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The Colfax Massacre (1873)

Drawing of Survivors Leaving the Scene of the Colfax Massacre
Image Ownership: Public Domain
The Colfax Massacre occurred on April 13, 1873. The battle-turned-massacre took place in the small town of Colfax, Louisiana as a clash between blacks and whites.  Three whites and an estimated 150 blacks died in the conflict.

The massacre took place against the backdrop of racial tensions following the hotly contested Louisiana governor's race of 1872.  While the Republicans narrowly won the contest and retained control of the state, white Democrats, angry over the defeat, vowed revenge.  In Colfax Parish (county) as in other areas of the state, they organized a white militia to directly challenge the mostly black state militia under the control of the governor.  

Colfax Parish reflected the political and racial divide in Louisiana.  Its 4,600 voters in the 1872 election were split between approximately 2,400 hundred mostly black Republican voters and 2,200 white Democratic voters.  One incident however, touched off the Colfax massacre.  On March 28, local white Democratic leaders called for armed supporters to help them take the Colfax Parish Courthouse from the black and white GOP officeholders on April 1.  The Republicans responded by urging their mostly black supporters to defend them.  Although nothing happened on April 1, the next day fighting erupted between the two groups.  

On April 13, Easter Sunday, more than 300 armed white men, including members of white supremacist organizations such as the Knights of White Camellia and the Ku Klux Klan, attacked the Courthouse building.  When the militia maneuvered a cannon to fire on the Courthouse, some of the sixty black defenders fled while others surrendered.  When the leader of the attackers, James Hadnot, was accidentally shot by one of his own men, the white militia responded by shooting the black prisoners.  Those who were wounded in the earlier battle, particularly black militia members, were singled out for execution  The indiscriminate killing spread to African Americans who had not been at the courthouse and continued into the night.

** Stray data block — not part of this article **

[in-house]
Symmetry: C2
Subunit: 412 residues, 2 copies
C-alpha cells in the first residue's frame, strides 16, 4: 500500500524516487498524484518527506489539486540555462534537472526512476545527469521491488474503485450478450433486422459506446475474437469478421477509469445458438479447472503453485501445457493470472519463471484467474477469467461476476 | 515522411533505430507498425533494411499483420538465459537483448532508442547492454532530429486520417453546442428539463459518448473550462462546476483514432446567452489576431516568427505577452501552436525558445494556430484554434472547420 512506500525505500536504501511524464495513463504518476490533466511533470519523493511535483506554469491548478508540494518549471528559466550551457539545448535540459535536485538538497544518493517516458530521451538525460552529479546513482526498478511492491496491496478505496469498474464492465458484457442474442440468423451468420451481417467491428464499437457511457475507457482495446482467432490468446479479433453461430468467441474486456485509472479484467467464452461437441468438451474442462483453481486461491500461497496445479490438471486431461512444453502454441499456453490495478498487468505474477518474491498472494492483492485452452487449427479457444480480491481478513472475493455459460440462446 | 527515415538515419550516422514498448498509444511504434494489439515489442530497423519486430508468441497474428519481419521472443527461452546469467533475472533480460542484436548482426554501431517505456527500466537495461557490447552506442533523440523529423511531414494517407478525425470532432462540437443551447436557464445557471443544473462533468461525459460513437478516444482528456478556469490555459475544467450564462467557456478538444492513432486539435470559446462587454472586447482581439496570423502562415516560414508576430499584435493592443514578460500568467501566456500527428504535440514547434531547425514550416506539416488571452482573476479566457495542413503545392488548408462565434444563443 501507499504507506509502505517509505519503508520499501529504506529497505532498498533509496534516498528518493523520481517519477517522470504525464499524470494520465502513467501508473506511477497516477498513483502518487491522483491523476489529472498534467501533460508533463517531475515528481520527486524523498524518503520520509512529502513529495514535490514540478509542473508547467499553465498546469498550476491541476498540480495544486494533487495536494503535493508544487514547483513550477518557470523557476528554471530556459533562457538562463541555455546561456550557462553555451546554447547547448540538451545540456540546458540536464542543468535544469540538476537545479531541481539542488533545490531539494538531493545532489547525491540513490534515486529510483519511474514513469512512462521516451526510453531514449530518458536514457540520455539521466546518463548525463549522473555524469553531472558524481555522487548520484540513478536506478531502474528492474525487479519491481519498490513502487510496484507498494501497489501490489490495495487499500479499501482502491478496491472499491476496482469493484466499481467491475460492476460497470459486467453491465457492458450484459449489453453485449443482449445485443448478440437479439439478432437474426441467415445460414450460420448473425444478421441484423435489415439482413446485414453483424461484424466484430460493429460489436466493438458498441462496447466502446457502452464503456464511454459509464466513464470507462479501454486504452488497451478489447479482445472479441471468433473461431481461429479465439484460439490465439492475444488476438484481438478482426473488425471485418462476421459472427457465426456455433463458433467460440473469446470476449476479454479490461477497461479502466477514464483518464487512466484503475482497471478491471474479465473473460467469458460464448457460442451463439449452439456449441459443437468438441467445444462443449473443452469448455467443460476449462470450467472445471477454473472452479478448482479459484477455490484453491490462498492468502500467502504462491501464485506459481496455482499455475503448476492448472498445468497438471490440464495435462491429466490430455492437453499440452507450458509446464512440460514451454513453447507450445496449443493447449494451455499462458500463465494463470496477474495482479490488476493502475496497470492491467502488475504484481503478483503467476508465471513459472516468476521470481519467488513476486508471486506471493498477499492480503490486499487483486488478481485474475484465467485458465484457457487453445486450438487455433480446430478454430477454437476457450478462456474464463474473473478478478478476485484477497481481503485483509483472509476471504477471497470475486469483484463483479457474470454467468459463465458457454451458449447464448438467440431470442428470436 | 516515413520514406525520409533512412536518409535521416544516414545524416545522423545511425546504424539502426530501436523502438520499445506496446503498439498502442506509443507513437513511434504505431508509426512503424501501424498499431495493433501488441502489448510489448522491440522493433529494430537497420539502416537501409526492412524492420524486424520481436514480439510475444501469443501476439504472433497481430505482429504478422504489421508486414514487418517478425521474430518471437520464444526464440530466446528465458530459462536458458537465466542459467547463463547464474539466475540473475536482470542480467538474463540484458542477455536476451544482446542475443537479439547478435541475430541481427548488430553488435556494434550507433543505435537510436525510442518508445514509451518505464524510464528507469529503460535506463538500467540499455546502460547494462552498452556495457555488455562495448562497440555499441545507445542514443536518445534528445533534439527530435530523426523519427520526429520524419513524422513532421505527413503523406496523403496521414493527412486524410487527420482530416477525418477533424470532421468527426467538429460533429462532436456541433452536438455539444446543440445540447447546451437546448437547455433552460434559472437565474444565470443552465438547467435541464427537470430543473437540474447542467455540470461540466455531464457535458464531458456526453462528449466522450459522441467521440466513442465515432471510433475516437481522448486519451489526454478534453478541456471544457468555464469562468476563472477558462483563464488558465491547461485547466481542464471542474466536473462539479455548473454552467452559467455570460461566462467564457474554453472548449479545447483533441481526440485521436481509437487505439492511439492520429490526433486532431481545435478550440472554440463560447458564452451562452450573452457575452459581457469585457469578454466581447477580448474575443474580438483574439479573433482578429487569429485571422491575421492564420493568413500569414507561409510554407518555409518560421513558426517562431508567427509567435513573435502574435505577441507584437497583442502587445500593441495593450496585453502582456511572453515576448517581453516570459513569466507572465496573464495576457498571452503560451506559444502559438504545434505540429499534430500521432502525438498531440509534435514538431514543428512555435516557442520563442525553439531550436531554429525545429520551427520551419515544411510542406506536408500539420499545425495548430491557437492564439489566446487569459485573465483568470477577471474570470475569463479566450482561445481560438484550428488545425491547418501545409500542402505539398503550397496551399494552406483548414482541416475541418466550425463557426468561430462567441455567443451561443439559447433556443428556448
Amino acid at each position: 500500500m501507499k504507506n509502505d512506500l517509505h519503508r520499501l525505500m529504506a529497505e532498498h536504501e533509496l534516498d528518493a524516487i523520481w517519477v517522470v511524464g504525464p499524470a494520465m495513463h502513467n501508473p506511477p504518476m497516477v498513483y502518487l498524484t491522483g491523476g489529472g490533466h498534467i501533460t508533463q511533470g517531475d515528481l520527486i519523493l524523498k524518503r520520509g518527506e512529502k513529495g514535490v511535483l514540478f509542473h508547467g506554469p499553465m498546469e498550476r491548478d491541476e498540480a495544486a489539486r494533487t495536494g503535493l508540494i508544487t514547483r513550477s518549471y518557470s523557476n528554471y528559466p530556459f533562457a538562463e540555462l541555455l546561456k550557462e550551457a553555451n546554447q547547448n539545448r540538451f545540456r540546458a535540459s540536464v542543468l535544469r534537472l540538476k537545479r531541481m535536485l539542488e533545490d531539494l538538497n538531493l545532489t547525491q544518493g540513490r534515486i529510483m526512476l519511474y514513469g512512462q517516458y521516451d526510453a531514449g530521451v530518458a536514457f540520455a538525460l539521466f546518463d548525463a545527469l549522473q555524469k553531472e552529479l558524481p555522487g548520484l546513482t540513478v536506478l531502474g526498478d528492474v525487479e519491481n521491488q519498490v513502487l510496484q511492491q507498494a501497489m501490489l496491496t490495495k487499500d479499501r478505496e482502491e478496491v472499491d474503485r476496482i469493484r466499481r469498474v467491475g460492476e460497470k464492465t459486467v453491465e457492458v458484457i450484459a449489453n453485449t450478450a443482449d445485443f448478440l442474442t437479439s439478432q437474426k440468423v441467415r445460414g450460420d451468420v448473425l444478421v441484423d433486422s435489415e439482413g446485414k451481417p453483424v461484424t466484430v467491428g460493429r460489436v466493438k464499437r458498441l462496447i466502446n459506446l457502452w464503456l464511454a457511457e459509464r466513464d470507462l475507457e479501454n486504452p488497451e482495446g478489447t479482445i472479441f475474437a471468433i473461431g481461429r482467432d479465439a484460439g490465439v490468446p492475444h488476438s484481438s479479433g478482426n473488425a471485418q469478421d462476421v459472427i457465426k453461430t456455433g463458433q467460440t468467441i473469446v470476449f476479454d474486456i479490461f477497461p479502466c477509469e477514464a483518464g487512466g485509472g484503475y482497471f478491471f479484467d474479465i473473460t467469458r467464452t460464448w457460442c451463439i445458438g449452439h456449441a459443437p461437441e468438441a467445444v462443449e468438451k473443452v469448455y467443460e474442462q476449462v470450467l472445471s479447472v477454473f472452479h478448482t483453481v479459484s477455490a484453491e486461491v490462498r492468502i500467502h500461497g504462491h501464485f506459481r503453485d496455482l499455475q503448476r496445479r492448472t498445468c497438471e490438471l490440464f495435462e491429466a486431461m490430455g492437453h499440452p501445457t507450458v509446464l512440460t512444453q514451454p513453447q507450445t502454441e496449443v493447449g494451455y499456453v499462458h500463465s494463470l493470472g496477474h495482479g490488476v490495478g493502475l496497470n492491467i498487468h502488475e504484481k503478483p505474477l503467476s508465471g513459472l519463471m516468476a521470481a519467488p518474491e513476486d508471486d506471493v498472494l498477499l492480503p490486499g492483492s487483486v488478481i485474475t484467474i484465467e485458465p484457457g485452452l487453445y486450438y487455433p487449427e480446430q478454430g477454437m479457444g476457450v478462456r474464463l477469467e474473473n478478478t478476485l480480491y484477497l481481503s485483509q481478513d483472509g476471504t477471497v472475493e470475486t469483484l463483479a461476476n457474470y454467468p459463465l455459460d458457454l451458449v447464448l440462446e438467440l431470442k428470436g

All told, approximately 150 African Americans were killed including 48 who were murdered after the battle. Only three whites were killed, and few were injured in the largely one-sided battle of Colfax.

On April 14, the state militia under the control of Republican Governor William Kellogg arrived at the scene and recorded the carnage.  New Orleans police and federal troops also arrived in the next few days to reestablish order.  A total of 97 white militia men were arrested and charged with violation of the U.S. Enforcement Act of 1870 (also known as the Ku Klux Klan Act).  A handful of them were convicted but were eventually released in 1875 when the U.S. Supreme Court in United States v. Cruikshank ruled the Enforcement Act was unconstitutional.  No one was ever arrested by the state of Louisiana or by intimidated local officials.

Charles Lane, The Day Freedom Died: The Colfax Massacre, the Supreme Court, and the Betrayal of Reconstruction (New York: Henry Holt and Company, 2008): LeeAnna Kieth, The Colfax Massacre: The Untold Story of Black Power, White Terror, and the Death of Reconstruction (New York: Oxford University Press, 2008;


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